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  • Alexander Etheridge

How we lose ourselves / Bloodfire

By Alexander Etheridge

How we lose ourselves

Late February dark blows in

with a sudden gusting cold,

again claws of cold wind,

and the next page of grief turns—

The next plane of fire burns

into everything, again

burning, and no way back.

A ragged band of crows rises

from a stony, black-winter frost,

and again the seconds grow black.

What happens in our hearts

happens to the world.

What’s lost is gone and lost again—

And we give the road home away.


Quiet rover and winter endurer,

climbing snowy hills, rising into purple

cloudfall – Kory Bloodfire, following

the footfalls of sunset. Come back when you can

down the stoney path, through

shredding hail, to the other side of night –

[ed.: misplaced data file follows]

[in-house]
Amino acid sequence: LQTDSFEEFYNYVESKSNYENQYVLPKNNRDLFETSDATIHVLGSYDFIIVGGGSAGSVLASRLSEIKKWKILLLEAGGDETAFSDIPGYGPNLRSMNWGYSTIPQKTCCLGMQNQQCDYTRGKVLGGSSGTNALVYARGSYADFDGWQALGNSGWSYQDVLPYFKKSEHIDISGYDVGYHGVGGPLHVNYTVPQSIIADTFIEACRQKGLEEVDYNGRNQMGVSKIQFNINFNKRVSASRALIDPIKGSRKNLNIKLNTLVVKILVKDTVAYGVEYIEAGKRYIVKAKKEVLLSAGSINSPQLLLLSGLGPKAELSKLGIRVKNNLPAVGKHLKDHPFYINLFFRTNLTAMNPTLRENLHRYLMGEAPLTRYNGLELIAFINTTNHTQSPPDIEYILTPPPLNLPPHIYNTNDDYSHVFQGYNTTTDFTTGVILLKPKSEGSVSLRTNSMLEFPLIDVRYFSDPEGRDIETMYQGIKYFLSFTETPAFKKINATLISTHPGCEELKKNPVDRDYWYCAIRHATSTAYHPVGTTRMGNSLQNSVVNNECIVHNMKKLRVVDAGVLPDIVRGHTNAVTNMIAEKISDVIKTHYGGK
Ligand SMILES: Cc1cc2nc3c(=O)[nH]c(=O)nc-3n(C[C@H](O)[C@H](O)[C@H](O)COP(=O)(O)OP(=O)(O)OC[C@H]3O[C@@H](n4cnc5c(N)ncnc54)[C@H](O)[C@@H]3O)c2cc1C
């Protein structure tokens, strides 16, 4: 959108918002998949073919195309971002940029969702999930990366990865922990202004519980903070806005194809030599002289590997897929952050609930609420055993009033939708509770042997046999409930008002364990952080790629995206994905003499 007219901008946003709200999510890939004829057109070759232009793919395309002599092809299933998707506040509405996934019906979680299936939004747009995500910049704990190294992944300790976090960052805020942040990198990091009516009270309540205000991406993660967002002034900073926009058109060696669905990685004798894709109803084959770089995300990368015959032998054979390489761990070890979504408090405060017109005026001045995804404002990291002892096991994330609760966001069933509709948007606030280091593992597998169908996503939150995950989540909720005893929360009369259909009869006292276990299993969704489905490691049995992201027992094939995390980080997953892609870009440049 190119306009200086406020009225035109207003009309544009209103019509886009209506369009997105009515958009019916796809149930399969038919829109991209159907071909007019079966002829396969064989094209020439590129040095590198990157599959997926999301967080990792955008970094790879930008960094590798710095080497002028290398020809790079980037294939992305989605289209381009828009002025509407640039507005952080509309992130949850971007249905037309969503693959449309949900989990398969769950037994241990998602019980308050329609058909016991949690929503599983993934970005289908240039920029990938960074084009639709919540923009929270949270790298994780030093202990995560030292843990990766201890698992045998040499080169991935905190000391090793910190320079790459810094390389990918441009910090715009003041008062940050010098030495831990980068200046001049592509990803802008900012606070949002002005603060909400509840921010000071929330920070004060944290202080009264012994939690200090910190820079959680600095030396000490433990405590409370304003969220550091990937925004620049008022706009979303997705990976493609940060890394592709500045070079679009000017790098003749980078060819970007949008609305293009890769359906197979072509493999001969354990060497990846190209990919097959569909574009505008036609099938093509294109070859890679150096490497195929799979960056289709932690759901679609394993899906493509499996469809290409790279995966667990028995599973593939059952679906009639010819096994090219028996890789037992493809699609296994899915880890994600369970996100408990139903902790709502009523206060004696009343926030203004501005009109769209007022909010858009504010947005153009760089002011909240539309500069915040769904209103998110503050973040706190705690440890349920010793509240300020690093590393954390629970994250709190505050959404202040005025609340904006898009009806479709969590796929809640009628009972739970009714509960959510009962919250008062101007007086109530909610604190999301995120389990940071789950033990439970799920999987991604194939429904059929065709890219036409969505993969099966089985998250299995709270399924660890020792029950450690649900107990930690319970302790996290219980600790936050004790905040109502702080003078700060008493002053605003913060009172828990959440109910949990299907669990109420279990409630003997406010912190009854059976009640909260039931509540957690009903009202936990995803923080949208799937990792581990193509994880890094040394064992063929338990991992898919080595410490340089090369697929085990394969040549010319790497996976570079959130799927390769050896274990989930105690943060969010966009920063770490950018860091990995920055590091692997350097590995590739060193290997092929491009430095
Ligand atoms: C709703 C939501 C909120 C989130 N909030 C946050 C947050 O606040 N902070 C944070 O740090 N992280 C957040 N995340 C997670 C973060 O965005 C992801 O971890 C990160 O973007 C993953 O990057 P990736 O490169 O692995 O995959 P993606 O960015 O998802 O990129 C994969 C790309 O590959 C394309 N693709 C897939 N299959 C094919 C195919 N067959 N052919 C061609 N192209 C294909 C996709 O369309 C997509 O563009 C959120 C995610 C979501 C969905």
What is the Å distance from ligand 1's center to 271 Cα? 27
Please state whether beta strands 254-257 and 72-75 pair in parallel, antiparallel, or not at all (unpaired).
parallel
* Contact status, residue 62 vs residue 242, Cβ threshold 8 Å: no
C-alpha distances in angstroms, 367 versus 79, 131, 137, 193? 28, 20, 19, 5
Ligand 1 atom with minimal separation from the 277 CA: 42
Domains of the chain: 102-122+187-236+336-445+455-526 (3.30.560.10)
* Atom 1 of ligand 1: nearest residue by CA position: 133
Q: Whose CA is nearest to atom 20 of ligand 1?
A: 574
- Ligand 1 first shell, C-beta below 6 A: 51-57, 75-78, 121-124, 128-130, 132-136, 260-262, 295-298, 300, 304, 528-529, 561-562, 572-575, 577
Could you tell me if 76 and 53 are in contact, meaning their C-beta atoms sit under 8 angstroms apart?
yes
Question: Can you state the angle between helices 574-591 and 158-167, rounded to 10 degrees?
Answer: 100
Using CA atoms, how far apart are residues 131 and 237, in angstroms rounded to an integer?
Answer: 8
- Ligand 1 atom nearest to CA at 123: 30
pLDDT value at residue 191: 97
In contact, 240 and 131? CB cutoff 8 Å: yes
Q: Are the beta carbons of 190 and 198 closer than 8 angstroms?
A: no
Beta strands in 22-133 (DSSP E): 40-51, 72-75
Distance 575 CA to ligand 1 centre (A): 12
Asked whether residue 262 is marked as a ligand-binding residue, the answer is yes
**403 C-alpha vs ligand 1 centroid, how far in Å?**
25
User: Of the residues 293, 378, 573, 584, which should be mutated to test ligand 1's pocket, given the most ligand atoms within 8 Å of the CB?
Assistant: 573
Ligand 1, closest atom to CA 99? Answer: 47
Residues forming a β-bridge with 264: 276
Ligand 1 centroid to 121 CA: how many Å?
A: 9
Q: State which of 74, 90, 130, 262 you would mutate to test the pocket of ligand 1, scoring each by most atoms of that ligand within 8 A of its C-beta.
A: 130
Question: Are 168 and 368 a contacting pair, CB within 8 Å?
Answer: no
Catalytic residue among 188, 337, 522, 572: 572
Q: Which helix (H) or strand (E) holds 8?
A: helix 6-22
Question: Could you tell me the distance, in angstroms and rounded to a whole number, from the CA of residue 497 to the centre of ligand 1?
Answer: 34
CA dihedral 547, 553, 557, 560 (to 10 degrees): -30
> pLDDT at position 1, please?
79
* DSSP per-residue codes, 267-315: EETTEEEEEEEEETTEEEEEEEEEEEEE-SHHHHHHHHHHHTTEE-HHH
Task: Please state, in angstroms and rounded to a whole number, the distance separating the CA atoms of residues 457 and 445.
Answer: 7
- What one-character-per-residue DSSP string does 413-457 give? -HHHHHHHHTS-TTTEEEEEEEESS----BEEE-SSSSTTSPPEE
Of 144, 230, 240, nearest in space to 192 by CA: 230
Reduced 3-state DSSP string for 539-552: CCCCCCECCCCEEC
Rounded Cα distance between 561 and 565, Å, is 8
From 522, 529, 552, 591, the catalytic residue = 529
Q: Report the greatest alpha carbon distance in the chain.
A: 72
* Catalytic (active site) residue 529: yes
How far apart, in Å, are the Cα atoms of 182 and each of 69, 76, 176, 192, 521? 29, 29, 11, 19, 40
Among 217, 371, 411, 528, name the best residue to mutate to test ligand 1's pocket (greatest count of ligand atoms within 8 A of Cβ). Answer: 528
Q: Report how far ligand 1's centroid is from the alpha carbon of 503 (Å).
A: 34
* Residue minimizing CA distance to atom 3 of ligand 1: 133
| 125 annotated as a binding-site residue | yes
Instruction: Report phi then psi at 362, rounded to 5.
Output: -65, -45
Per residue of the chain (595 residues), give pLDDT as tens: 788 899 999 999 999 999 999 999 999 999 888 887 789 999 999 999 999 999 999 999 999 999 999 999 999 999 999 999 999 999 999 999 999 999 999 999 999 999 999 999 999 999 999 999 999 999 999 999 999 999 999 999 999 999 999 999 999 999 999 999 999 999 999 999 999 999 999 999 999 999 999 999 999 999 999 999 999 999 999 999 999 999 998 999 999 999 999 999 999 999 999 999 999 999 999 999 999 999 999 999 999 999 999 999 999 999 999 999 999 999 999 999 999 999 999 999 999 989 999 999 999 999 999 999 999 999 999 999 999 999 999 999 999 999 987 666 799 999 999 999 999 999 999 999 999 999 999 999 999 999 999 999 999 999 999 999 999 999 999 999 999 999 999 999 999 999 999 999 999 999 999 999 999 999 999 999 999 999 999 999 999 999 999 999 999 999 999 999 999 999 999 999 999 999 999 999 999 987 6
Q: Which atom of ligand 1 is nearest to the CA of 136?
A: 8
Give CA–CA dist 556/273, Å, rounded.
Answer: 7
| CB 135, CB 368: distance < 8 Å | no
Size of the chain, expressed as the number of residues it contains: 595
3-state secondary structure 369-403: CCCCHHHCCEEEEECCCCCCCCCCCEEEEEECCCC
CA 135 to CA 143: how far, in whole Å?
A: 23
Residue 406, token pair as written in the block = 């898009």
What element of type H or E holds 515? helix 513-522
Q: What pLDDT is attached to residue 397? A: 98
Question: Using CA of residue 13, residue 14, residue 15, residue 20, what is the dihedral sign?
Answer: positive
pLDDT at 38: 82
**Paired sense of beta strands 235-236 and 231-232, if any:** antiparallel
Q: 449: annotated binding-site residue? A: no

Kory, the dark is burning, and your prayers

vanish into January earth

there where the aspens and the poplars

turn grim in a blue forest afterglow.

The cold is churning, your sight is dim.

Follow the creek out of the brambles and thorns

through a clearing where the raven

calls to the lamb, down to the valley of the half-moon.

Return before the ground takes your home and your

children, your blonde wheat fields and your lemon

orchard, back into its bed of damp clay and black

tangled roots.


Alexander Etheridge has been developing his poems and translations since 1998. His poems have been featured in Wilderness House Literary Review, Cerasus Journal, The Cafe Review, The Dawntreader, Abridged Magazine, Susurrus Magazine, The Journal, and others. He was the winner of the Struck Match Poetry Prize in 1999.


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